PorchDrinking’s own discuss beer.
Many places around the country are experiencing record-breaking temperatures right now. Hopefully all of our readers are staying cool and hydrated. The crew here at PorchDrinking is doing our very best to make sure we’re staying hydrated with the very best hop water we can find! This is this week’s What We’re Drinking.
It’s only a matter of time before Chicago’s craft-community routinely lists Burnt City Brewing as one of the city’s most innovative and creative breweries. And that day may inch closer after it hosts Kveik Fest. Thirty Breweries from around the country will descend upon Chicago to showcase beer brewed with kveik, a traditional and unique Norwegian farmhouse brewing yeast. The festival will occur on September 7 at the (also innovative) District Brew Yards, a spot shared by Burnt City, Around the Bend and Bold Dog Brewery.
“Kveik is a Norwegian dialect word for ‘yeast’,” explained Lance Shaner, owner at Omega Yeast Labs in Chicago. “In the brewing context, kveik are Norwegian farmhouse brewing yeasts that collectively share a lot of common traits, most notably high temperature tolerance (not unusual for them to produce good beer in the upper 90sF), high alcohol tolerance and fast fermentation. They were brought to the attention of the world by Norwegian blogger Lars Marius Garshol.”
This summer my goal was to read a light and easy book that was set in a brewery. Surely someone had written a cozy murder that starts with a body in a barrel? Instead I was waylaid by the image at the top of this entry. I immediately let our Slack channel know that I was going to be all over this book. I love a good Lifetime movie, and Enemies on Tap (1st of the Sweet Salvation Trilogy), promised that same magic.
A wolf hidden in sheep’s clothing, Aardwolf Brewing out of Jacksonville, FL has a wide portfolio of beers that are constantly hitting the mark. In a state that never receives snow and has summers that can be extremely humid and hot, Lagers are the beers that are perfect for any time of year.
The second anniversary of Purpose Brewing was really, really hot. I don’t mean in popularity, though that would also be true: it was packed from the minute the doors opened at 2pm and stayed bustling throughout the entire weekend. But it was also one of the hottest days of summer so far in the Coloradoan city of Fort Collins, where Peter and Frezi Bouckaert opened their doors two years ago to a thirsty public. Despite the blistering sun outside, crowds stalked the air-conditioned tables inside and huddled up under tents outside to enjoy their beer in some shade. “Yes, it’s a million degrees out. And yes, I’m drinking a stout,” laughed one patron as he wiped the sweat from his brow. “But come on, have you tried this one?”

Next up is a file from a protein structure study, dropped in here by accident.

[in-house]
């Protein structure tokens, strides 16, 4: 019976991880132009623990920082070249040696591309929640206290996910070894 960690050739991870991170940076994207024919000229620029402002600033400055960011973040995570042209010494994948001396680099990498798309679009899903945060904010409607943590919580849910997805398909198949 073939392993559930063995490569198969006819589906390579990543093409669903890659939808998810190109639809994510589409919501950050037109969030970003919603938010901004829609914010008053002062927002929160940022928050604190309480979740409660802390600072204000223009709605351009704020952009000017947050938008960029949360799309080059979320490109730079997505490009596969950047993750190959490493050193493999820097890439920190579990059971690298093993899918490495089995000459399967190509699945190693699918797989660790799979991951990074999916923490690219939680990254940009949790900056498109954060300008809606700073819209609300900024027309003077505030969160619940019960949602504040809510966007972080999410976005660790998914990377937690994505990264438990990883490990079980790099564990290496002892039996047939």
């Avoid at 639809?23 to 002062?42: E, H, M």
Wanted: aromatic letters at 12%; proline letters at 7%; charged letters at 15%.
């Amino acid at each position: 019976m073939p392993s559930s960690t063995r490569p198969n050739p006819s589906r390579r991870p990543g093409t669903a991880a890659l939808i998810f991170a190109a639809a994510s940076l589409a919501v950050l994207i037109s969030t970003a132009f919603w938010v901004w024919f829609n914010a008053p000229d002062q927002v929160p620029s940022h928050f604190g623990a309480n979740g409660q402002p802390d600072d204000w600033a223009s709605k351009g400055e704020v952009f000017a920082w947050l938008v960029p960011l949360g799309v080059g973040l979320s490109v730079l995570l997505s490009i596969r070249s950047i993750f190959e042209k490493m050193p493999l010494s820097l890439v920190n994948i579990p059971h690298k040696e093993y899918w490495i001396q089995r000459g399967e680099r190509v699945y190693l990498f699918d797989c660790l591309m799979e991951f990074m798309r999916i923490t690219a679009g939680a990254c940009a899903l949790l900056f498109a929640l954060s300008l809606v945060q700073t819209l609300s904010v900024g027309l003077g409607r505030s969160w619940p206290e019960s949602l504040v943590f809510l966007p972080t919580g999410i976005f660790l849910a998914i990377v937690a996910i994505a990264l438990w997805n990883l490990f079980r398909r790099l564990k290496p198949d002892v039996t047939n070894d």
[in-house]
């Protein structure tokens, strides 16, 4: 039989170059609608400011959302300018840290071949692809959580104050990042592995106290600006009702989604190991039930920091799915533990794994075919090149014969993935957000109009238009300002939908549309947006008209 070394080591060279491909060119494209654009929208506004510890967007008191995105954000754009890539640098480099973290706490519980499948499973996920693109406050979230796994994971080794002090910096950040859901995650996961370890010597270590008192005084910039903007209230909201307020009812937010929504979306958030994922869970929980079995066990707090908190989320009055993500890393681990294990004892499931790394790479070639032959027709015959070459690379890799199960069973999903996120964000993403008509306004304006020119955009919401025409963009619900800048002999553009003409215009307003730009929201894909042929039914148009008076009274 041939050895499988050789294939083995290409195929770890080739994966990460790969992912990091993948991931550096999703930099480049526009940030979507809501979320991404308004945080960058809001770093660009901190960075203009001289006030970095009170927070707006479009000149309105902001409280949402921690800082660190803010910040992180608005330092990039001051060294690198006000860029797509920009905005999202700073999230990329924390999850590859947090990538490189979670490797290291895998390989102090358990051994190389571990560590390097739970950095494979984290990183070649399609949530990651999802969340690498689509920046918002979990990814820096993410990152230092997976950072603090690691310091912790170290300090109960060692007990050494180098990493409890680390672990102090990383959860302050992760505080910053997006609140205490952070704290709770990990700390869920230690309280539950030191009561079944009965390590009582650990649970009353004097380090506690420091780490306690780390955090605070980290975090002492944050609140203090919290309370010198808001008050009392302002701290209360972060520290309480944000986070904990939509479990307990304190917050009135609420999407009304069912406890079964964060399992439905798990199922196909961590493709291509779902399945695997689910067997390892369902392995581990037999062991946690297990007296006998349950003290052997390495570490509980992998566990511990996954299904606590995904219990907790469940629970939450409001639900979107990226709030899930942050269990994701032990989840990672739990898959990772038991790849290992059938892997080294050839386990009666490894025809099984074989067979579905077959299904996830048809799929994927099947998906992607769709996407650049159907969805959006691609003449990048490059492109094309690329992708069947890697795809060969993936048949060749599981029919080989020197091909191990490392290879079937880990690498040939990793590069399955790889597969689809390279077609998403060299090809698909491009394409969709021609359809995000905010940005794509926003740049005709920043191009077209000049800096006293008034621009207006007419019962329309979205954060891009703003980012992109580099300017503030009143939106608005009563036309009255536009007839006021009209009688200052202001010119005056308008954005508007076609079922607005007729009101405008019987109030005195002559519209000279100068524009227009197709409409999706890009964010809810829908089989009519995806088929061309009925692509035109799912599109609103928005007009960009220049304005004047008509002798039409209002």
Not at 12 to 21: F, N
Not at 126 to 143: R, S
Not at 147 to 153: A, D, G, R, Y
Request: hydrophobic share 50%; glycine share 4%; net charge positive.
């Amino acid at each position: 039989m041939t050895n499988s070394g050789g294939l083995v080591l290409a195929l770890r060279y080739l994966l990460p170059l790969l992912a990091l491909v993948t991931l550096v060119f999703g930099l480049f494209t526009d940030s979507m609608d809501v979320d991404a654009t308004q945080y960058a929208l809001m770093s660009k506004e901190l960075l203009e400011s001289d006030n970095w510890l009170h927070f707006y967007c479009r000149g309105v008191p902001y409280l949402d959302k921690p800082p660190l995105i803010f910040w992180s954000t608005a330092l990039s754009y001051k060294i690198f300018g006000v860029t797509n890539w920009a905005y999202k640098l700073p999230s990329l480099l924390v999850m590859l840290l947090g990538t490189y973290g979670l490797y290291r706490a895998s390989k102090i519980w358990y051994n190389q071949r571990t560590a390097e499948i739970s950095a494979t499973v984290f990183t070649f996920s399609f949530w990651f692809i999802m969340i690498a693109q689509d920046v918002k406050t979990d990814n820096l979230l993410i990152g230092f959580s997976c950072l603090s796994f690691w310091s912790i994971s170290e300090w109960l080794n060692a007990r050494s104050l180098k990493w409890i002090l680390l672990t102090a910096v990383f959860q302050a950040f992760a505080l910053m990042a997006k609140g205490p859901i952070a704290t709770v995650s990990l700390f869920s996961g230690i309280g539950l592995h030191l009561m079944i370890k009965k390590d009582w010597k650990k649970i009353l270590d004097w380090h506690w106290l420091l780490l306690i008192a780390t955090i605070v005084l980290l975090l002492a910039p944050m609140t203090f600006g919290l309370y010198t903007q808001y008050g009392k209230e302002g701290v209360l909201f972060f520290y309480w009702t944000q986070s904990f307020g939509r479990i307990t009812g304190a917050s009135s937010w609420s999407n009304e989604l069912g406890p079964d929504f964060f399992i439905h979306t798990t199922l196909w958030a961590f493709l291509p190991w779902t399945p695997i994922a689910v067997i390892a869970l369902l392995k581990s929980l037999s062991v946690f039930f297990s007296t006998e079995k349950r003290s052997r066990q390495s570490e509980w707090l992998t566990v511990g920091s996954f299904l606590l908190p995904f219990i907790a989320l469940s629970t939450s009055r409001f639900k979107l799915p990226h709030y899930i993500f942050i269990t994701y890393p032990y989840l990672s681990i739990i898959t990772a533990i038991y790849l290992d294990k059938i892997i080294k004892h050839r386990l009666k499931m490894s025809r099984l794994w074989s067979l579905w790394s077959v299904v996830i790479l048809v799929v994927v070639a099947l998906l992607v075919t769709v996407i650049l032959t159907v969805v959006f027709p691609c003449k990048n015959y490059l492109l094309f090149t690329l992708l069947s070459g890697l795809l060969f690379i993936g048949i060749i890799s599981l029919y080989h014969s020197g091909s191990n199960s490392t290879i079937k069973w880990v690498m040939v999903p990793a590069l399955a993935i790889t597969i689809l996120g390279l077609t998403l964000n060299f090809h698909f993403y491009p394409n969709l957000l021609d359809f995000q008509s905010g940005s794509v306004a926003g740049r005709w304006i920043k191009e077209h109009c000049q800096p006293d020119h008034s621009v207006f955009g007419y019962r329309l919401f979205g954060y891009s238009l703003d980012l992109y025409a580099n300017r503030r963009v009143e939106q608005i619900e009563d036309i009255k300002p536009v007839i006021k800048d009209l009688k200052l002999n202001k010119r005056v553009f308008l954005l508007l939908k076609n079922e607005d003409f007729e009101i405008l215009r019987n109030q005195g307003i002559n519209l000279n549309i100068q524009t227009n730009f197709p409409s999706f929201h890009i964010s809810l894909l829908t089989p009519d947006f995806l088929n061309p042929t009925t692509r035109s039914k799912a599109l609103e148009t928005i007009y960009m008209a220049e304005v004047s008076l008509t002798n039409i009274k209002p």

There is no better way to celebrate the National Park Service’s 103rd birthday on August 25th than with a visit to a brewery near one of the oldest and most iconic American parks, the Great Smoky Mountains National Park. The Smoky Mountains may be vast, covering parts of both North Carolina and Tennessee, but provide phenomenal sightseeing opportunities and plenty of beer just outside the park’s gates to keep you satiated.
You could spend a week or two visiting the Smokies, especially if you have a family or love to hike. There are over 850 miles of hiking trails in the park. Oh, and it will be nearly impossible to avoid seeing bears, which are used to visitors and relatively harmless as long as you don’t get too close (50 yards, please people!). But if you can only spare a weekend, read on.
It’s not often two giants in the beer industry get together to collaborate on a singularly fantastic beer, but that is exactly what Karl Strauss and Russian River Brewing did to make what they call the New California IPA. This beer has a piney and resinous front with hints of dank greens in the back. It has firm but not overwhelming bitterness and a palate cleansing kind of clean on the tongue. The IPA is complete with faint raspberries and rhubarb as it warms for a refreshing summer crispness. After talking with Matt Johnson, Brewmaster of Brewery Operations at Karl Strauss, and Vinnie Cilurzo, Co-Owner and Head Brewer at Russian River, I was able to get some insight into this wondrous amalgamation of talent and hops!
Summer is coming to a close; however, the heat is sticking around for a little while longer. Nothing pairs better with a hot summer day than a cool body of water and a refreshing craft beer. Summer also means swimsuit season is in full effect, so we’ve compiled a list of the six best low-calorie craft beers to keep you refreshed without affecting your summer waistline.
The Denver Beer Beat is a weekly roundup of brewery openings, special tappings, firkins and one-off batches, bottle releases, dinners, pairings, and more happening in the Front Range and beyond. Be sure to check in each Wednesday to discover anything and everything happening around Colorado’s beer scene. Now let’s get to this week’s can’t miss beer events.
After weeks of speculation and multiple labels filed to the TTB that didn’t quite make the cut, Goose Island has announced its 2019 Bourbon County Stout lineup. Like last year, there will be the original Bourbon County with seven variants, eight beers in total.
Did you hear? The 2019 Great American Beer Festival tickets recently went on sale. The nation’s premiere festival celebrating the country’s growing love of finely-crafted independent beer is absolutely worth the price. To enjoy the festival, be prepared to rummage through thick crowds of people searching for the “new hot brew” and the “next big thing.” If you get lucky during your adventure through the Colorado Convention Center, you will stumble upon a real gem. Our last visit proved it with, The Brewing Projekt.